These gaps put Mr. Page, the erudite, often dour, 60-year-old custodian of the city's budget, in a powerful (if unenviable) position within the Bloomberg administration. While major policy decisions are ultimately made by the mayor on budget matters, Mr. Page is responsible for creating a cocktail of cuts and tax increases, then working to sell whatever plan emerges to the Council, which duly fights it.
The severity of the financial crisis will likely be enough to devour the billions of dollars amassed from years of surpluses that Mr. Page and the mayor successfully stowed away into a sort of rainy-day fund. This year, $3.5 billion of that fund is expected to be used should the Council approve a mayoral budget modification; for the fiscal year that starts in July, another $4.1 billion from past surpluses will likely be used, leaving just $350 million for future years.
On paper, Mr. Page is something of an anti-Bloomberg. In contrast to the self-made Jewish media mogul from working-class Boston, Mr. Page comes from old wealth. His great grandfather on his mother's side was none other than J. P. Morgan, and his father, Walter Page, ran the firm J. P. Morgan in the 1970s. Unlike the CEO mayor, who exalts the private sector and has done his best to mold city government in its image, Mr. Page is, by choice, a career bureaucrat.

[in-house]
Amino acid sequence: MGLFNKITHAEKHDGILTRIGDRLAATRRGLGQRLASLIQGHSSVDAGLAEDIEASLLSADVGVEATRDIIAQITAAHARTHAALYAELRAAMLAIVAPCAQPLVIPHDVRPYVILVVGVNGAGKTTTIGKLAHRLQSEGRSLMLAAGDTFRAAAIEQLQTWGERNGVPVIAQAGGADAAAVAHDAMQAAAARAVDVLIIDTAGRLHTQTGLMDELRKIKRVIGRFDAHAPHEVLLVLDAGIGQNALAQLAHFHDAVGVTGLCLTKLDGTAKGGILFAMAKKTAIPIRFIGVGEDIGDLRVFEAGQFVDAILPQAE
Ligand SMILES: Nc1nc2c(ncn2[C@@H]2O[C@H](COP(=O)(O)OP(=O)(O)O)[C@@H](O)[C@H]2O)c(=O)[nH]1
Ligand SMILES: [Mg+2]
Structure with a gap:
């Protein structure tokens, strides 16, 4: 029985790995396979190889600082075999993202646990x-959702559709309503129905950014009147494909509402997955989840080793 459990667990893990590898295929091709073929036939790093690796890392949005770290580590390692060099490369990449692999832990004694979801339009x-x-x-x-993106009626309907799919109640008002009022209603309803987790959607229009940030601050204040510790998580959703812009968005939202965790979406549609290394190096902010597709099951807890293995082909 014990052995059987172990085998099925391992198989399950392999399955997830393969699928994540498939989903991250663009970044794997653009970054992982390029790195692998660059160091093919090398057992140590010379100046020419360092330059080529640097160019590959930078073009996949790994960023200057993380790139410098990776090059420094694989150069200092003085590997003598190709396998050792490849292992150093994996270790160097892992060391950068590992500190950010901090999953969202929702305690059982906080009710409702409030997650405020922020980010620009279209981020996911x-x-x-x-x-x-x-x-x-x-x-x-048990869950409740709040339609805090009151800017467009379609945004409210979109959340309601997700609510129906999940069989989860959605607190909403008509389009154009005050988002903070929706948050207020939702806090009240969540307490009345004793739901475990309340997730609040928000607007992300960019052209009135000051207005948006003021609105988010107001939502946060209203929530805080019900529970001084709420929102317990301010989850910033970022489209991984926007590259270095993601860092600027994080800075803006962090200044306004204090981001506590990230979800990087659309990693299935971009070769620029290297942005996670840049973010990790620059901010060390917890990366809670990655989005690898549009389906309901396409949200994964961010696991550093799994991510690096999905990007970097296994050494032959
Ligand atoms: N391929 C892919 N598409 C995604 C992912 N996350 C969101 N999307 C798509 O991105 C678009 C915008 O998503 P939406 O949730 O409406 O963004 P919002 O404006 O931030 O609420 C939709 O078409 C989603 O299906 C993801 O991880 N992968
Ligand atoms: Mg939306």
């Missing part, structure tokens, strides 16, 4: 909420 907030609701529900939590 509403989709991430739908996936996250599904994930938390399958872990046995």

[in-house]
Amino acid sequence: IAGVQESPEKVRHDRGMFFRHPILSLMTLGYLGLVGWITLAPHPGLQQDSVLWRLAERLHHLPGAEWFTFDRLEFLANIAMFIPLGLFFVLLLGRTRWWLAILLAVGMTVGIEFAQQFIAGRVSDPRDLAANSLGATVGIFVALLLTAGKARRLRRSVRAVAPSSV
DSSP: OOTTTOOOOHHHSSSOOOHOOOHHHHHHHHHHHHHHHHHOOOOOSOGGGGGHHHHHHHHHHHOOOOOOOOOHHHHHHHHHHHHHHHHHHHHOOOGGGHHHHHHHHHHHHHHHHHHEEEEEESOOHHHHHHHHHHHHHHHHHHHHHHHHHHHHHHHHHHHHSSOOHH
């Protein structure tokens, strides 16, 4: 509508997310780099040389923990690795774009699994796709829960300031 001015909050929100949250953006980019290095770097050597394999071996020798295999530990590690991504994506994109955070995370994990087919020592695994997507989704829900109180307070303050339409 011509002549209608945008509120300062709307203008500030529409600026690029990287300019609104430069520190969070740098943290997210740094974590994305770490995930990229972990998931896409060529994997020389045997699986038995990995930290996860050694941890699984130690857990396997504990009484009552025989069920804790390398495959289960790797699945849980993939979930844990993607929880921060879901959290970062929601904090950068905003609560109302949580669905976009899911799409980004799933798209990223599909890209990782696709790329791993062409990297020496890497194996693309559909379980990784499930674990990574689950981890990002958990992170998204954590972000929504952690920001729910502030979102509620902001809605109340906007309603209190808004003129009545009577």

This year marks the start of his fourth decade working in the OMB, and now at its head for the past seven years, he is the longest-serving budget director since at least the Lindsay administration. He was the agency's counsel from 1978 until he was promoted to director in 2002, a long tenure during which he helped craft most every financing structure made by the city since it dragged itself up from financial ruin.
What he and the mayor share is an affection for municipal finance-Mr. Bloomberg seems particularly in his element when he delivers to reporters a PowerPoint on the annual budget, a slideshow that the mayor personally edits-although the contexts in which they come at the budget are quite different.
The mayor approaches budgetary decisions weighing a set of competing needs including approval ratings, the feelings of the Council and his legacy as a fiscal steward. Not so Mr. Page.